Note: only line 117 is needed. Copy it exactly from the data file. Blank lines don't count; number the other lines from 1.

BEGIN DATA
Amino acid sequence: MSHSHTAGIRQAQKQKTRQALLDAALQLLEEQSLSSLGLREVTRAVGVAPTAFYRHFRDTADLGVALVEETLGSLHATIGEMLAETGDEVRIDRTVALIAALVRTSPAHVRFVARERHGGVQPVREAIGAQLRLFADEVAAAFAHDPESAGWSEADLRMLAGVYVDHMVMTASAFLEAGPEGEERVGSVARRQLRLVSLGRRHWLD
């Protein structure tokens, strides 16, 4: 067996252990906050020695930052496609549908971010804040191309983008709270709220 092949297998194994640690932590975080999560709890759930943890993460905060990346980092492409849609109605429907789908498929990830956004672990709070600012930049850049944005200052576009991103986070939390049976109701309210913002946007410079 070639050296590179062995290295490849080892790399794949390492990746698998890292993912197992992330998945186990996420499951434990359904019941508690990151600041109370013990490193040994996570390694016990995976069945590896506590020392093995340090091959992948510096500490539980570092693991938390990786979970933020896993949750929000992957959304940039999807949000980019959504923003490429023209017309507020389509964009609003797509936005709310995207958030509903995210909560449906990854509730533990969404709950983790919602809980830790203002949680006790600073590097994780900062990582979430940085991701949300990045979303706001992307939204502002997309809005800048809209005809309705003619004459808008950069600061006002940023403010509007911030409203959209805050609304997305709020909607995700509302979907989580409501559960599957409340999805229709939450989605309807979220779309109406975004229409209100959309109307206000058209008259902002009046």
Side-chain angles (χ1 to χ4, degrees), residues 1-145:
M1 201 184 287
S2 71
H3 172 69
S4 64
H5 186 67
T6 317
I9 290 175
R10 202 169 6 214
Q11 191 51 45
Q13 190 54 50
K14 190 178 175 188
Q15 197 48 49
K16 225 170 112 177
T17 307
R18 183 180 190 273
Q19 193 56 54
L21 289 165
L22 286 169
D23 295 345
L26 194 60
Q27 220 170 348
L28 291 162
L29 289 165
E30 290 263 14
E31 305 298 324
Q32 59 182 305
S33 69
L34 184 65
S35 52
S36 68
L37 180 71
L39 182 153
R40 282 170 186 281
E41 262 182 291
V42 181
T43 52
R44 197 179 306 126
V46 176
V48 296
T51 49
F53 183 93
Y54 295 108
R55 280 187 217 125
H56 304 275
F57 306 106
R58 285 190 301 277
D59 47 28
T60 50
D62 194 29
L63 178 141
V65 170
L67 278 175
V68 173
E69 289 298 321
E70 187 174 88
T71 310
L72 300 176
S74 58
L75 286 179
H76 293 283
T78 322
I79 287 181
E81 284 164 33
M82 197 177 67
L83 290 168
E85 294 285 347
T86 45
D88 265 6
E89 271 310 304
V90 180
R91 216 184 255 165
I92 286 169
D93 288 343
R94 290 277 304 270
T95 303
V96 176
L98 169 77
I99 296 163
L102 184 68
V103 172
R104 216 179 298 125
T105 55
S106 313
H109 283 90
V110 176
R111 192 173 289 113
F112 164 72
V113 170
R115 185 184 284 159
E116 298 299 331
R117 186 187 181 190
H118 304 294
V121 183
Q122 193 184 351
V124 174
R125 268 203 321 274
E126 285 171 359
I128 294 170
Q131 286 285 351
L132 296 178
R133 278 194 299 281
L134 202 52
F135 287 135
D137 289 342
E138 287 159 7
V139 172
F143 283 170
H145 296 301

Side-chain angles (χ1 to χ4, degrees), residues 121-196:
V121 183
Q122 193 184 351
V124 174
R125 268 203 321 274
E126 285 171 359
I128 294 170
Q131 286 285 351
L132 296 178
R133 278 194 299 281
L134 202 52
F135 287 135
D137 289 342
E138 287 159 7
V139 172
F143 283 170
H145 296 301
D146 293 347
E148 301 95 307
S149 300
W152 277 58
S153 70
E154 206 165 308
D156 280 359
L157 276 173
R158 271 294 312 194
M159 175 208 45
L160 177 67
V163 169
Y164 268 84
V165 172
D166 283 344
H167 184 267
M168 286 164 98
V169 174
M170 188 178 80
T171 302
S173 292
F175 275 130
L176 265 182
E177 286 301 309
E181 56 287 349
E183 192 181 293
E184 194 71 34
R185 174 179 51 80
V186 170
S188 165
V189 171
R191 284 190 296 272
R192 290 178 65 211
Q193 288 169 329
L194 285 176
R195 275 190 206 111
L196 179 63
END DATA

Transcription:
E126 285 171 359